Data analytics is a set of technologies and practices that reveal meaning hidden in raw data. The products of data analytics are called insights, and these insights can help analysts to understand things like system performance, customer behavior, and market trends.
There are four main types of data analytics:
- Descriptive analytics: This produces insights that describe past events. Analysts use descriptive analytics to learn about system performance or to evaluate business performance.
- Diagnostic analytics: These insights help identify problems by flagging up inconsistencies and outliers in the data. Diagnostic analytics can help track down system errors and can also help detect fraud and cyberattacks.
- Predictive analytics: With this method, organizations can extrapolate future trends from current data, which can help to predict user or system behavior. In Big Data analytics, predictive analytics can anticipate market trends or identify opportunities for new products.
- Prescriptive analytics: This type of analytics is specifically for organizations that have adopted data-driven decision-making (DDDM). By combining predictive analytics and some machine learning, prescriptive analytics can offer actionable insights, such as what products to sell and where to invest in development.
Data analytics can be performed manually or algorithmically, using small databases or with Big Data structures such as data lakes. However, the quality of analytics outputs is generally related to the quantity of meaningful data available – the more information available for analysis, the richer the resulting insights.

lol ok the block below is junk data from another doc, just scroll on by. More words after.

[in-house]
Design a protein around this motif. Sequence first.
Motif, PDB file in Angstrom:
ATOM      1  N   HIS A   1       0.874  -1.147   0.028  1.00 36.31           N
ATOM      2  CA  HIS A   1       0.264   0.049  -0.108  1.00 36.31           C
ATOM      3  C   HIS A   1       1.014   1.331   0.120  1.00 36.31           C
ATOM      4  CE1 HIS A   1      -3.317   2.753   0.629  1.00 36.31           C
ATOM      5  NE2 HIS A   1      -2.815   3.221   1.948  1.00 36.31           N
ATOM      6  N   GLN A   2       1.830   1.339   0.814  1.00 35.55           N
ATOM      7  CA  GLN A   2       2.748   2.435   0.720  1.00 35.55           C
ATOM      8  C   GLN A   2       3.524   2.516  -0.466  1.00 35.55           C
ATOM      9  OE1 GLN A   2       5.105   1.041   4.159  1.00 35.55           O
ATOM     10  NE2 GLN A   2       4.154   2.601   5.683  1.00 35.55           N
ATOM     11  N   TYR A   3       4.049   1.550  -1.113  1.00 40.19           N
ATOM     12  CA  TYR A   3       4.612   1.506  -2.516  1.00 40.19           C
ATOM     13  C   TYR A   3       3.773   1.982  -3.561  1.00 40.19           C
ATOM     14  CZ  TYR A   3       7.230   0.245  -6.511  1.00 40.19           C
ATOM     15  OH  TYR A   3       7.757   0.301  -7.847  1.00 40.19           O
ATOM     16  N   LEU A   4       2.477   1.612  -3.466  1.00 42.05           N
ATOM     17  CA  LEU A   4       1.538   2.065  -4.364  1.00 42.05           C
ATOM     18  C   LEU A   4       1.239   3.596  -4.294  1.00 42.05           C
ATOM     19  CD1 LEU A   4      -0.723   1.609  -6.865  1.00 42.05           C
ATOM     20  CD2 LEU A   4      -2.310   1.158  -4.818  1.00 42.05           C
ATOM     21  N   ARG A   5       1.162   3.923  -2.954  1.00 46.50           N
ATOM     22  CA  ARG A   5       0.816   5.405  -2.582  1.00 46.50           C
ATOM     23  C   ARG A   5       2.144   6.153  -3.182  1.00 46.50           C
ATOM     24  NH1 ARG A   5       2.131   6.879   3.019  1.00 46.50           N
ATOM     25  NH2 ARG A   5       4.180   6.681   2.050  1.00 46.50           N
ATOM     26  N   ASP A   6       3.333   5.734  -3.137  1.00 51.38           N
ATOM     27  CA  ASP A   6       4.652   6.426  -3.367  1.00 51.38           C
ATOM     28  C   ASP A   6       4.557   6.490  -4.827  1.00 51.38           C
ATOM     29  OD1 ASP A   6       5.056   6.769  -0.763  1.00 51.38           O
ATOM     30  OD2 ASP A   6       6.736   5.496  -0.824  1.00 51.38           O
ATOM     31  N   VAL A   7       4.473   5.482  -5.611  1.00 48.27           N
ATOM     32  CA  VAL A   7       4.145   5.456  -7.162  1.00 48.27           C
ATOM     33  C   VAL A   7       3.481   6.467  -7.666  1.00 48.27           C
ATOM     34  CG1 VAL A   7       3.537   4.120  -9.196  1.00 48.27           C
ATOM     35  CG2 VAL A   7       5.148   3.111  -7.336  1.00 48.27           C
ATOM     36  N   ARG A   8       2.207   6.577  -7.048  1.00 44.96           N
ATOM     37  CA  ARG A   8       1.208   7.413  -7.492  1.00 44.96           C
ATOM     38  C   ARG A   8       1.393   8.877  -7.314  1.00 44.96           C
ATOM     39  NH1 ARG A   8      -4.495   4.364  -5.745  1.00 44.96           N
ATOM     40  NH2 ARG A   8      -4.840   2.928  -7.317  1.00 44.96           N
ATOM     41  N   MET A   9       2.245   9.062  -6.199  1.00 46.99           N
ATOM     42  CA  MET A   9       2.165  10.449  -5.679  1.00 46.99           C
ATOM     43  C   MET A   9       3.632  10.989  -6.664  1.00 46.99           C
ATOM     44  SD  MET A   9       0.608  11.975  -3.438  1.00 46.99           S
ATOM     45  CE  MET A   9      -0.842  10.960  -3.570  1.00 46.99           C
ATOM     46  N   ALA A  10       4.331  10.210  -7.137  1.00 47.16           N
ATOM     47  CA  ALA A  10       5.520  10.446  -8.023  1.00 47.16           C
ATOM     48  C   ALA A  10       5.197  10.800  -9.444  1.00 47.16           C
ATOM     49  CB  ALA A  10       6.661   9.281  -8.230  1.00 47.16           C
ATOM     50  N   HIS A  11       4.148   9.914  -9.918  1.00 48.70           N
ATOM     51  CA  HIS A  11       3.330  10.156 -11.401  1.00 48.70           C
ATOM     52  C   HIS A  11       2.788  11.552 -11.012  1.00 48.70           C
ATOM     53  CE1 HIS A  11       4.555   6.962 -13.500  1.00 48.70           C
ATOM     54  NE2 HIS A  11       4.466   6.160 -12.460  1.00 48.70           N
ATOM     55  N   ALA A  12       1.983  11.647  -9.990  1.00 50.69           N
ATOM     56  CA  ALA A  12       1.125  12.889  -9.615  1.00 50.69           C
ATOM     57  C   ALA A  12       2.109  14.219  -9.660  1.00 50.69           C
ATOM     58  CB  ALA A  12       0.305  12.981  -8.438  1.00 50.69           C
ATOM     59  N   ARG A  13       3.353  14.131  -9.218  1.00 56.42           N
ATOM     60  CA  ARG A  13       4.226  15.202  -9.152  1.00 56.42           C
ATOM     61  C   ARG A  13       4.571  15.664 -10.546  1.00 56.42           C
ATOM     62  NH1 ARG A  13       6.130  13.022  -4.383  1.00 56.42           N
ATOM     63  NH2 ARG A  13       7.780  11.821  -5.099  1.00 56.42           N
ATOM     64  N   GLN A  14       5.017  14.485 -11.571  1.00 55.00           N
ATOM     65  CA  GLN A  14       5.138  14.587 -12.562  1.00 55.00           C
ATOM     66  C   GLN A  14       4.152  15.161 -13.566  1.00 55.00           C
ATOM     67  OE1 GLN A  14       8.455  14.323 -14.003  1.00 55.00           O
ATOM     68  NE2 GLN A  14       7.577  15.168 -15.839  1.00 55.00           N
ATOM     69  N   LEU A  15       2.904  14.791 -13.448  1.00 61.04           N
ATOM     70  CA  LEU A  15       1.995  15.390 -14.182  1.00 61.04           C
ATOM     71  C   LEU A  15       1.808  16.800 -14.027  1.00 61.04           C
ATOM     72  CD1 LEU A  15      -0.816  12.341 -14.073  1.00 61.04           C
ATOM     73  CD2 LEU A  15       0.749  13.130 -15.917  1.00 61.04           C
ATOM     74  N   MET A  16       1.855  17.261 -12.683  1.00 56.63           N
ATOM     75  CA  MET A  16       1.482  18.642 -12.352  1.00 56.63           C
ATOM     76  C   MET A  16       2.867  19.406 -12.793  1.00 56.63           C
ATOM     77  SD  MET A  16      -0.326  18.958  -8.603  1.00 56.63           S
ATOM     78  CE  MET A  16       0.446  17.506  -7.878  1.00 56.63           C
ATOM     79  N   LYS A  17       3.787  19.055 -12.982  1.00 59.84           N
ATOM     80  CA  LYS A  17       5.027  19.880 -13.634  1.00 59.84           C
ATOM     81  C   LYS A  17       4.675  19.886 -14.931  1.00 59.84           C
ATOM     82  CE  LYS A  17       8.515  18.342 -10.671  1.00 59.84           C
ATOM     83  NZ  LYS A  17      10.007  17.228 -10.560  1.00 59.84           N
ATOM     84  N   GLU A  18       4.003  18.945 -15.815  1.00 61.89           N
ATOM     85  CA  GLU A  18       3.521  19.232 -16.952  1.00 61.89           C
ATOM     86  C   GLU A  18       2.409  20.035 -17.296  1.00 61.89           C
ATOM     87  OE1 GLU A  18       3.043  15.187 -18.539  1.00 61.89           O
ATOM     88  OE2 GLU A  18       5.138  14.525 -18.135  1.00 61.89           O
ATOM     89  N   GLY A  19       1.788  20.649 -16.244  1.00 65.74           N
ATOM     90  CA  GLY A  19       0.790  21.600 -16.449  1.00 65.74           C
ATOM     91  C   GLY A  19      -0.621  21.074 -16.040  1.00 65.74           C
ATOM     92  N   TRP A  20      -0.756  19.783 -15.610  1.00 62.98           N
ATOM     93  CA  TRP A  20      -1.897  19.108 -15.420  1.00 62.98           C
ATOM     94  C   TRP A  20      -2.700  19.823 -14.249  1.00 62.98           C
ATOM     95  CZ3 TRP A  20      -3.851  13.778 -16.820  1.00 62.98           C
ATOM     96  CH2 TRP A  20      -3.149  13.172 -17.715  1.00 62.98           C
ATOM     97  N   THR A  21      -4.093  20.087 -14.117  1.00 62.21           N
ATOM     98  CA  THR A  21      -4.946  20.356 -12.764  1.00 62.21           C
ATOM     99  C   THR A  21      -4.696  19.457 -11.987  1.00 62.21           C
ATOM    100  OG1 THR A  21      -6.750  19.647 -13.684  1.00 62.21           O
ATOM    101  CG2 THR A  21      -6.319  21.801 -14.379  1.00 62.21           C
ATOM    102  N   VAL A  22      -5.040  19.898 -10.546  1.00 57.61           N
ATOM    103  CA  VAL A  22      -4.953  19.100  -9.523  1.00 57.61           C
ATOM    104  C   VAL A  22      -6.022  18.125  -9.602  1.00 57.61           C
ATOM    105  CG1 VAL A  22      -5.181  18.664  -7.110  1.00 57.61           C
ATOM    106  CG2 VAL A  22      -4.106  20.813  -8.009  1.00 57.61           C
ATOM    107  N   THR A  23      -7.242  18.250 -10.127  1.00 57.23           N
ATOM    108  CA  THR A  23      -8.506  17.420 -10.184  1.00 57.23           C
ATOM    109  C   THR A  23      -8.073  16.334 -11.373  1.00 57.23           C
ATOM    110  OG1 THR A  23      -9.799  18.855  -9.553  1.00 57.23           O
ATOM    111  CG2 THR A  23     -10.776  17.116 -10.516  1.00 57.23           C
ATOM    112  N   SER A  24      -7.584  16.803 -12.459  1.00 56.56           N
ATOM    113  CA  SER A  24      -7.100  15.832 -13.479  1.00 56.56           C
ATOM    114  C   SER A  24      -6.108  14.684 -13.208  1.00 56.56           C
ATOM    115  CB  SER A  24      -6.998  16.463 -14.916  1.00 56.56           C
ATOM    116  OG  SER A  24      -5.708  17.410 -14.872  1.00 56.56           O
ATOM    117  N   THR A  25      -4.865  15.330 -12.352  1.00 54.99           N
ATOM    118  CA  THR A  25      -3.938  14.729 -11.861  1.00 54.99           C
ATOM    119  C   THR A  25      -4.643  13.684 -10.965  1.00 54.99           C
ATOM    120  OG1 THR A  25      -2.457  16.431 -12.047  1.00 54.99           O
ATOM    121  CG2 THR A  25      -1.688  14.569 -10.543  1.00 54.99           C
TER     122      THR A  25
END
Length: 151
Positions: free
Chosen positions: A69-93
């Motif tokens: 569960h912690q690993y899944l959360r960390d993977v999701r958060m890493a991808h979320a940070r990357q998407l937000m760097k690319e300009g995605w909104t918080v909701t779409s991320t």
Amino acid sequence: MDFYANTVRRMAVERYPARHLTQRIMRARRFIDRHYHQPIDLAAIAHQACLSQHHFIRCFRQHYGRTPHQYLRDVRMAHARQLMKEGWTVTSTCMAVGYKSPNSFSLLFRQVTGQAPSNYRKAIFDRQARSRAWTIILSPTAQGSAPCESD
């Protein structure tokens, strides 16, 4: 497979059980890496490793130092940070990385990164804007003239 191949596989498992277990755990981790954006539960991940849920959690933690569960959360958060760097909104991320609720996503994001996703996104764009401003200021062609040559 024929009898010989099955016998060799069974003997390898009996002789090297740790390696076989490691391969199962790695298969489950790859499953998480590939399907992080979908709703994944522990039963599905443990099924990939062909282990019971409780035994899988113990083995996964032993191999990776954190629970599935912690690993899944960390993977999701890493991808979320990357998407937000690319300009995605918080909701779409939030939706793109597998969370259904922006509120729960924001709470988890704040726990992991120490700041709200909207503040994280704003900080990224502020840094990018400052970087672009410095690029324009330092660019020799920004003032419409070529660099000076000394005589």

How is Data Analytics Done?
Data analytics is usually performed by skilled data scientists, who have both IT and mathematical skills. Their role involves:
- Working with stakeholders to establish analytics goals
- Identifying relevant data sources
- Working with engineers to perform ETL and build data pipelines
- Building and refining analytics models using statistical techniques
- Creating dashboards and visualizations for enterprise use
Data scientists use a variety of mathematical and statistical techniques to find meaningful patterns within raw data. This work can include methods such as:
- Regression analysis: Using correlations between two data elements to extrapolate past and future values
- Cluster analysis: Identifying meaningful groupings in data and then studying the cause and behavior of the groupings
- Cohort analysis: Studying data trends within a specified timeframe, primarily when that data refers to groups of people
- Classification analysis: Categorization of data based on previous observations
- Association rule mining: Analysis of the structures of relationships within data
Data scientists build applications to perform these analyses, typically using languages like R and Python, and using machine learning to improve the accuracy of results.
How is Data Analytics Used in Enterprise?
Most enterprise users won’t interact directly with the data. Instead, they’ll deal with data dashboards that can give them a quick overview of the most important trends and insights.
There are several data analytics dashboards and visualization tools on the market, including:
Each of these tools suits a different use case and require differing levels of database knowledge.